The Department of Homeland Security slashed anti-terrorism money for Washington and New York in favor of cities like Jacksonville and Sacramento. Stunner: “A DHS risk scorecard for the city asserted that the home of the Empire State Building and the Brooklyn Bridge has ‘zero’ national monuments or icons.”
The Department of Homeland Security yesterday slashed anti-terrorism money for Washington and New York, part of an immediately controversial decision to reduce grant funds for major urban areas in the Northeast while providing more to mid-size cities from Jacksonville to Sacramento.
The announcement that the two cities targeted on Sept. 11, 2001, would suffer 40 percent reductions in urban security funds prompted outrage from lawmakers and local officials in both areas, who questioned the wisdom of cutting funds so deeply for cities widely recognized as prime terrorist targets. The decision came less than five months after Homeland Security Secretary Michael Chertoff unveiled changes in the grants plan intended to focus funding on areas facing the gravest risk of attack.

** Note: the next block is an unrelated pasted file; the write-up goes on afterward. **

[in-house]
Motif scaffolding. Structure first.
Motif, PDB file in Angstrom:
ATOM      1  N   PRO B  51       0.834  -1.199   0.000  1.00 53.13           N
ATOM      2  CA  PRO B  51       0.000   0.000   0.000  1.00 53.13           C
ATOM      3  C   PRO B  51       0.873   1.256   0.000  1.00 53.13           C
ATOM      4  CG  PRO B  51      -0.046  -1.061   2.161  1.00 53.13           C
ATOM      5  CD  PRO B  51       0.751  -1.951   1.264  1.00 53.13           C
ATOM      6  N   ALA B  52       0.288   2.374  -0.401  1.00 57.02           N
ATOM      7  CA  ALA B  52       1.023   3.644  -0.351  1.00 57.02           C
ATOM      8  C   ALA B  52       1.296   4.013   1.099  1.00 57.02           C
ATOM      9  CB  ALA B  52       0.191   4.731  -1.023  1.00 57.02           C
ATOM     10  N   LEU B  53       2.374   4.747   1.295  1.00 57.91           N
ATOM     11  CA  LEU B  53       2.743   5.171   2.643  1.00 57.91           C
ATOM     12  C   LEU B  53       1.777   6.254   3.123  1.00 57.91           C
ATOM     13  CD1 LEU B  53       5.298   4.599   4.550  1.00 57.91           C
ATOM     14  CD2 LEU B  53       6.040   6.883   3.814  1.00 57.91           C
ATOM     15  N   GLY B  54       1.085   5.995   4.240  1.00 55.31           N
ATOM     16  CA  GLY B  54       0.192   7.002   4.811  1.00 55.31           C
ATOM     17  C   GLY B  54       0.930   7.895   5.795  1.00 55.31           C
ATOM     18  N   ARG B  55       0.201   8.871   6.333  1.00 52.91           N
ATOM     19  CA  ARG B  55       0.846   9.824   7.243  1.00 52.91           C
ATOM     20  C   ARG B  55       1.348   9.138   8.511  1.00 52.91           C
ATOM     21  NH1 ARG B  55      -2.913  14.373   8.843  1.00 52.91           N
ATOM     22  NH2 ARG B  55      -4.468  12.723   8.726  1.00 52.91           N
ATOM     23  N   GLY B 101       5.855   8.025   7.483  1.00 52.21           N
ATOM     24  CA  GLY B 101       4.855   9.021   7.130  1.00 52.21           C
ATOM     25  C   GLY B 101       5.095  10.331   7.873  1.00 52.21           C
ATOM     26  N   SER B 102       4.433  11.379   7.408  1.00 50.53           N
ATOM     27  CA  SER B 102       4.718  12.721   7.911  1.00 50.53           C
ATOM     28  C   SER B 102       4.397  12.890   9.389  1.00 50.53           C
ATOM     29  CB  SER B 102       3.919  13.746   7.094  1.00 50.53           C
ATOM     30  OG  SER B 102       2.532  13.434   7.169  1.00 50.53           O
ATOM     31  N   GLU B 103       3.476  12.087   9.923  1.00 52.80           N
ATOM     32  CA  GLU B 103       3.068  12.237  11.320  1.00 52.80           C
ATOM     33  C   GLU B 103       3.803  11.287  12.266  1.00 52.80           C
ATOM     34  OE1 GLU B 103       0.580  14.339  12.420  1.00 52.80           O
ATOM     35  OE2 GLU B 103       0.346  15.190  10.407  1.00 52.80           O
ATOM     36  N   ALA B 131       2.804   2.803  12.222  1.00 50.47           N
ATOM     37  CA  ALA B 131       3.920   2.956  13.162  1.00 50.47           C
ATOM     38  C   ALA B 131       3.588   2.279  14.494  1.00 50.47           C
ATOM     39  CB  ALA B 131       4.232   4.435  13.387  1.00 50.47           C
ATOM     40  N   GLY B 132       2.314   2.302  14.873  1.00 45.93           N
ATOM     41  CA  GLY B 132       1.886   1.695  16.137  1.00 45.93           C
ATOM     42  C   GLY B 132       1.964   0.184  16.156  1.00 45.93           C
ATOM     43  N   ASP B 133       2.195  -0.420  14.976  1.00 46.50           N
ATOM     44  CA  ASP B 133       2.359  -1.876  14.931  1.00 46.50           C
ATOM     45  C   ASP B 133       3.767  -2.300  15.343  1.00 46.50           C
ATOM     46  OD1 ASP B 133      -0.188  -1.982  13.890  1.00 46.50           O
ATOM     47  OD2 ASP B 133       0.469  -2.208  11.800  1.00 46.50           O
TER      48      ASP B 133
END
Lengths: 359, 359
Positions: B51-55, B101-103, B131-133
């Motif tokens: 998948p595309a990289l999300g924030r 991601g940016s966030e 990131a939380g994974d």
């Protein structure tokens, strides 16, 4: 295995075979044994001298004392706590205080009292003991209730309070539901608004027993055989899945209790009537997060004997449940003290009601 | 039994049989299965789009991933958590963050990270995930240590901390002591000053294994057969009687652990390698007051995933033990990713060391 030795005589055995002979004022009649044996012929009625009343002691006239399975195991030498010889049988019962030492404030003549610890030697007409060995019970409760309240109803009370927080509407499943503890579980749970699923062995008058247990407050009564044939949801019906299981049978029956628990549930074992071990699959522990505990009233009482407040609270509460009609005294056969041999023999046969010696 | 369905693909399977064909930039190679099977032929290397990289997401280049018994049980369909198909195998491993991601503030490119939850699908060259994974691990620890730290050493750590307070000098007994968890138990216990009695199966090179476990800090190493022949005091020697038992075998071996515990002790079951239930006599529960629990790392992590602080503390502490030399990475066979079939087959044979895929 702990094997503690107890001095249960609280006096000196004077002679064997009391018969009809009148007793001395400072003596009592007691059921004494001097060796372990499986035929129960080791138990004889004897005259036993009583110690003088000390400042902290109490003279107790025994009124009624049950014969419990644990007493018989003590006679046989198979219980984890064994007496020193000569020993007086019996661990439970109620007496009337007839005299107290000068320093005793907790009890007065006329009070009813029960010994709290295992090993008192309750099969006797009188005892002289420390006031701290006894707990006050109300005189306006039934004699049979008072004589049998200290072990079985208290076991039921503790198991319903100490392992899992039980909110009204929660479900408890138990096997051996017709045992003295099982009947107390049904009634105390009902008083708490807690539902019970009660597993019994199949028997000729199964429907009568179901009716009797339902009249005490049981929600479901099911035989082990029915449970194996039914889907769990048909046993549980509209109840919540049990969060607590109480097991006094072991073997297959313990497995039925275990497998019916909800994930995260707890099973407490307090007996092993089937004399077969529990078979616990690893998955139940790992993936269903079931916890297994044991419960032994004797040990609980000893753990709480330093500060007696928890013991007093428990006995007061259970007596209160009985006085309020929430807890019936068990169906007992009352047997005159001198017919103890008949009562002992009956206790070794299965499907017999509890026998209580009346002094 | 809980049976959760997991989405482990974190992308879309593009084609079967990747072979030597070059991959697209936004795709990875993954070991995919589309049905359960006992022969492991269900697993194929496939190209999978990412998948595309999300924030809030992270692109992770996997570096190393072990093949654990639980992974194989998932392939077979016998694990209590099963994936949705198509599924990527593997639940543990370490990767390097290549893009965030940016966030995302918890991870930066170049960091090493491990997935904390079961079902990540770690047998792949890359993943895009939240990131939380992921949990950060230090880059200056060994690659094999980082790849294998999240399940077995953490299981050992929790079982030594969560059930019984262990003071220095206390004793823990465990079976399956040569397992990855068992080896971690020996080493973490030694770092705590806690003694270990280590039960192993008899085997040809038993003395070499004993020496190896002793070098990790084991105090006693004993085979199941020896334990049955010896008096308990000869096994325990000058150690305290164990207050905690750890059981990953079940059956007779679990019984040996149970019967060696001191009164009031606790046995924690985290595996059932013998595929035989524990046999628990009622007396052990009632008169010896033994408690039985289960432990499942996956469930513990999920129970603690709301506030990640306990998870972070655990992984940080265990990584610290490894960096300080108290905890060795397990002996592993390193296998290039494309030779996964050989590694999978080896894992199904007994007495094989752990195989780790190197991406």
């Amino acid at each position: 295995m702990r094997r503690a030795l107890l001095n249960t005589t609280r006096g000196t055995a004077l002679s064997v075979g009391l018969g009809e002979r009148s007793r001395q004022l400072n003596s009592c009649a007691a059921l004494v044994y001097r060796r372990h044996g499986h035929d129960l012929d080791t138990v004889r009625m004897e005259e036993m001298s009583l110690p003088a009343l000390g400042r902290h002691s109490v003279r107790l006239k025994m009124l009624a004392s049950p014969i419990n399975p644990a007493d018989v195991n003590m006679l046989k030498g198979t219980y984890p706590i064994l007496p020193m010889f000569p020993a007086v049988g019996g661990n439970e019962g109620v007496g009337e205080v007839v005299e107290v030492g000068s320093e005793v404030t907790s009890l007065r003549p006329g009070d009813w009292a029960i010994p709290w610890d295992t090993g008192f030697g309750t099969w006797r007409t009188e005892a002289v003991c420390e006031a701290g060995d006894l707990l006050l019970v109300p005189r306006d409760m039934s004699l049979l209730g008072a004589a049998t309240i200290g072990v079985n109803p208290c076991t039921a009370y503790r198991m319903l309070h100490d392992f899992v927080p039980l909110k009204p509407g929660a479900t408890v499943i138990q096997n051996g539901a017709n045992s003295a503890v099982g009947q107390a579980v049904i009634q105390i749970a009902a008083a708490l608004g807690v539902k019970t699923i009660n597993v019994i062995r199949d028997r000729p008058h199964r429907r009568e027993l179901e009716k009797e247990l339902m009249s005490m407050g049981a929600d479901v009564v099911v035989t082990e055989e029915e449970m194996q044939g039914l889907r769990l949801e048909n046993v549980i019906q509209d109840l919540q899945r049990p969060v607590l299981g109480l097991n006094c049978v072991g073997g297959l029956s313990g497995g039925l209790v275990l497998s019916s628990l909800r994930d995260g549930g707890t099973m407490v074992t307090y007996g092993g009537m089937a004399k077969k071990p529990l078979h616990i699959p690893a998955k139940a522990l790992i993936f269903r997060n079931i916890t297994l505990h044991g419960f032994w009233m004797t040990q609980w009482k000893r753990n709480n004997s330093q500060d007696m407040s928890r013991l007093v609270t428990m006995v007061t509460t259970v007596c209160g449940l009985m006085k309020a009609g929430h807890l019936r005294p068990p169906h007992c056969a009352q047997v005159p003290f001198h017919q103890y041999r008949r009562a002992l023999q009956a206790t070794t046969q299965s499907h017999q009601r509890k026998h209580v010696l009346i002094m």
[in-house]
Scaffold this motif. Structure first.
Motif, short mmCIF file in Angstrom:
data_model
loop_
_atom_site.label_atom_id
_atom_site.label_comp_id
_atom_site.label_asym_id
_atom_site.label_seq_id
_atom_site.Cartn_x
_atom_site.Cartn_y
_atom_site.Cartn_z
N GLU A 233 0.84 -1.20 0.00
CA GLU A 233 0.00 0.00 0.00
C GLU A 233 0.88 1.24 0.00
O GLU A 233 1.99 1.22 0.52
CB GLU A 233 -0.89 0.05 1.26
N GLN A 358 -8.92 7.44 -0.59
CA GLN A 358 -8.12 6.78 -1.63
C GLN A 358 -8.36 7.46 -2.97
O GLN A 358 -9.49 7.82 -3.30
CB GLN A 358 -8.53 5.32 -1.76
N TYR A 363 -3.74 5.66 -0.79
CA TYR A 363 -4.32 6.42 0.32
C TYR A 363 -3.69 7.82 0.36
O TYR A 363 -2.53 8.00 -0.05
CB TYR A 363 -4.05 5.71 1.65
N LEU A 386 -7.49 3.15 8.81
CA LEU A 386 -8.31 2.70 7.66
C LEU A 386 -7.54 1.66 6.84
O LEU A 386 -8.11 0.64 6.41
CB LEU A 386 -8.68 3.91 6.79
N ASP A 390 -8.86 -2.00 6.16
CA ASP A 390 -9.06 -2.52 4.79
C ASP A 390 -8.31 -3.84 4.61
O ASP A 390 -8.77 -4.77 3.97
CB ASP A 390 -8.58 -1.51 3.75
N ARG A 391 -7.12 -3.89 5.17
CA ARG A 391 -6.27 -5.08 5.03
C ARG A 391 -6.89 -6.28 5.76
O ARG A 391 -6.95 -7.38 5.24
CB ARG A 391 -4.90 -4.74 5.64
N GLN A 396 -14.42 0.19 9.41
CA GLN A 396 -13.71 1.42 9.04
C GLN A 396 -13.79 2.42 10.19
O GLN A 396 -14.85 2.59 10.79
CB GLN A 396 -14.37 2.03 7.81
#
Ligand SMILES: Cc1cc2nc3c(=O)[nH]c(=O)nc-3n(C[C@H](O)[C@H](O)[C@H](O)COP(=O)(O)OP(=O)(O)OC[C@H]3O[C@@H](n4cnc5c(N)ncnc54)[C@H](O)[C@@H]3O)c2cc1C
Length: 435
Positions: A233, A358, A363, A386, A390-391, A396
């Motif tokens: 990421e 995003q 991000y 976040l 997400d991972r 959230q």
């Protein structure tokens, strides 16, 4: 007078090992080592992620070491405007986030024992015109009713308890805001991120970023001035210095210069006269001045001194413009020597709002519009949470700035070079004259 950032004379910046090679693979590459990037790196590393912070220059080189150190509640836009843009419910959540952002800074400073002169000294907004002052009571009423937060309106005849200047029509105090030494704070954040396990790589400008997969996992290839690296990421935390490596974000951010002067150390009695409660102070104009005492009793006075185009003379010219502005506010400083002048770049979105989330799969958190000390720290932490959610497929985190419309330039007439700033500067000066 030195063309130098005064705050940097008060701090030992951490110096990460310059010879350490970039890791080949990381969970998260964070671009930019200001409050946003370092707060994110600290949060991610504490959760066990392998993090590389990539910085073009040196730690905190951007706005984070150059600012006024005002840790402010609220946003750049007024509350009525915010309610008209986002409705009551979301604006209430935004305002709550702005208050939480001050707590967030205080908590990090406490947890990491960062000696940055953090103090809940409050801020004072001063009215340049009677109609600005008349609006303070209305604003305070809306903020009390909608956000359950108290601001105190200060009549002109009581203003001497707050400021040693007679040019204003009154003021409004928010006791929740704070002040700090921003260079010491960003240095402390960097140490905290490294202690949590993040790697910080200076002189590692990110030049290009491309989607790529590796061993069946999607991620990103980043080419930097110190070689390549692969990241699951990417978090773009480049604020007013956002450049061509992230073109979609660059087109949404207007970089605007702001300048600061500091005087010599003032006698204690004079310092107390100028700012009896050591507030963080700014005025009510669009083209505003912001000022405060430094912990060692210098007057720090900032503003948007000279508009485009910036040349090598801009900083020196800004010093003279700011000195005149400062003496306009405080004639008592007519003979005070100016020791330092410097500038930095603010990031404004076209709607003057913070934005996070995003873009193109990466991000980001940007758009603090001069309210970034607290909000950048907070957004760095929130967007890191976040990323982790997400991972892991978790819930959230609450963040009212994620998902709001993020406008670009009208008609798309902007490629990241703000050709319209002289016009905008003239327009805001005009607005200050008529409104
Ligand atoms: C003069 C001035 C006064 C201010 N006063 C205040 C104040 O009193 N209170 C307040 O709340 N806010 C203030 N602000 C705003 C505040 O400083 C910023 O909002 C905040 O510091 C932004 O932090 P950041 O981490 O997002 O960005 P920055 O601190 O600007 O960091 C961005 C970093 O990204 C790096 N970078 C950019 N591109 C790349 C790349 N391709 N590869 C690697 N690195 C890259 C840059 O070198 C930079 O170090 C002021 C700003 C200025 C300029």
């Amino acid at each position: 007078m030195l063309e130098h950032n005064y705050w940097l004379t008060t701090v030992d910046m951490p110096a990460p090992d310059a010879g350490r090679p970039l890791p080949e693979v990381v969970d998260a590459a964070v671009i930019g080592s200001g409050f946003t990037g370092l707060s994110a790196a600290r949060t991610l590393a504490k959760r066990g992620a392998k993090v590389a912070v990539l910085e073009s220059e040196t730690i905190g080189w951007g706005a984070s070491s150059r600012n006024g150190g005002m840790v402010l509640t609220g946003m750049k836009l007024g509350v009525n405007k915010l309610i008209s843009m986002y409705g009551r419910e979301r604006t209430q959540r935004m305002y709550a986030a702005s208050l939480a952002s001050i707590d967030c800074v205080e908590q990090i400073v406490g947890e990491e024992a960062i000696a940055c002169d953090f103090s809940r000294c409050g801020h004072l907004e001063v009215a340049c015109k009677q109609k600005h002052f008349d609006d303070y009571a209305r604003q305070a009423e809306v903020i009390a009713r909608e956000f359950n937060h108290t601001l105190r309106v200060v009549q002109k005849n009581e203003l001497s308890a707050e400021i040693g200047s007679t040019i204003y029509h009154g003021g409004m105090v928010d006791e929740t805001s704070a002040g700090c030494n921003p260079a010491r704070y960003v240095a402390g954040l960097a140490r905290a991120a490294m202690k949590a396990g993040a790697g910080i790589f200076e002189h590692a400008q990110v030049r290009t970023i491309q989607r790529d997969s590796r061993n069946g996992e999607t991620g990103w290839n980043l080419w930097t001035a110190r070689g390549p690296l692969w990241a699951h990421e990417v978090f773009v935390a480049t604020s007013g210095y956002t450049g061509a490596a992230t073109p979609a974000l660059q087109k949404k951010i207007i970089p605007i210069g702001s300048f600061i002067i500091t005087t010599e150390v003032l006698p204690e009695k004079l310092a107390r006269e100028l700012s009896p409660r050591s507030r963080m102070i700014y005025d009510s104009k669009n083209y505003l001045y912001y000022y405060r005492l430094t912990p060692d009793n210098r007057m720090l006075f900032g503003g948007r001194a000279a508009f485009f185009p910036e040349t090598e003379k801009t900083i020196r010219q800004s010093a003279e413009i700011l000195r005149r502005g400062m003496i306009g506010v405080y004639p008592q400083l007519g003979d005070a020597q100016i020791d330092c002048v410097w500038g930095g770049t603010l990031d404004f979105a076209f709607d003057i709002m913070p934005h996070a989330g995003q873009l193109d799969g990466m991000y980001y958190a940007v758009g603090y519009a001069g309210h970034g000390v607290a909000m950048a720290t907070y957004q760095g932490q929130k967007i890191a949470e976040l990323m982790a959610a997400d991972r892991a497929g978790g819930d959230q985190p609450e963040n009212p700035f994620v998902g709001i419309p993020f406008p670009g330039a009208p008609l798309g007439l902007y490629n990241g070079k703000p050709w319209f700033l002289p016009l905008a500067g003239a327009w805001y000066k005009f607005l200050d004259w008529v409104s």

Potential targets outside the Northeast also took painful hits, including New Orleans, San Diego and Phoenix. New Orleans’s grants for security and disaster preparedness were cut in half even as it struggles to rebuild after Hurricane Katrina.